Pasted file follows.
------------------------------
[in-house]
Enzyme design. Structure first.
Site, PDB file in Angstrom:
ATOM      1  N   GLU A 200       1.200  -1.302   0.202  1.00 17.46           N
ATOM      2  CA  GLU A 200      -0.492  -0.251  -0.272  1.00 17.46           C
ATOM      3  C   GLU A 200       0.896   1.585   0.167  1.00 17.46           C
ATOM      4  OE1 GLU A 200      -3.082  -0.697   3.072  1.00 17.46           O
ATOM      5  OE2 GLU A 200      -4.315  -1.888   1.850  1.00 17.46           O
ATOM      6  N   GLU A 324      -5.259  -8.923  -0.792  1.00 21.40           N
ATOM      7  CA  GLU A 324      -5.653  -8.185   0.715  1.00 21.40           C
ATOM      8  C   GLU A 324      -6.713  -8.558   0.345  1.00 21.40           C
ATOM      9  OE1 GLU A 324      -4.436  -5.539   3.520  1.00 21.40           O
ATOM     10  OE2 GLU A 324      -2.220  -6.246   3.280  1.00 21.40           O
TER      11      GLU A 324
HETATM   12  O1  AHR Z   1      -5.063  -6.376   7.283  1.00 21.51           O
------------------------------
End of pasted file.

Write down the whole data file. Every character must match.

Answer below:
[in-house]
Enzyme design. Structure first.
Site, PDB file in Angstrom:
ATOM      1  N   GLU A 200       1.200  -1.302   0.202  1.00 17.46           N
ATOM      2  CA  GLU A 200      -0.492  -0.251  -0.272  1.00 17.46           C
ATOM      3  C   GLU A 200       0.896   1.585   0.167  1.00 17.46           C
ATOM      4  OE1 GLU A 200      -3.082  -0.697   3.072  1.00 17.46           O
ATOM      5  OE2 GLU A 200      -4.315  -1.888   1.850  1.00 17.46           O
ATOM      6  N   GLU A 324      -5.259  -8.923  -0.792  1.00 21.40           N
ATOM      7  CA  GLU A 324      -5.653  -8.185   0.715  1.00 21.40           C
ATOM      8  C   GLU A 324      -6.713  -8.558   0.345  1.00 21.40           C
ATOM      9  OE1 GLU A 324      -4.436  -5.539   3.520  1.00 21.40           O
ATOM     10  OE2 GLU A 324      -2.220  -6.246   3.280  1.00 21.40           O
TER      11      GLU A 324
HETATM   12  O1  AHR Z   1      -5.063  -6.376   7.283  1.00 21.51           O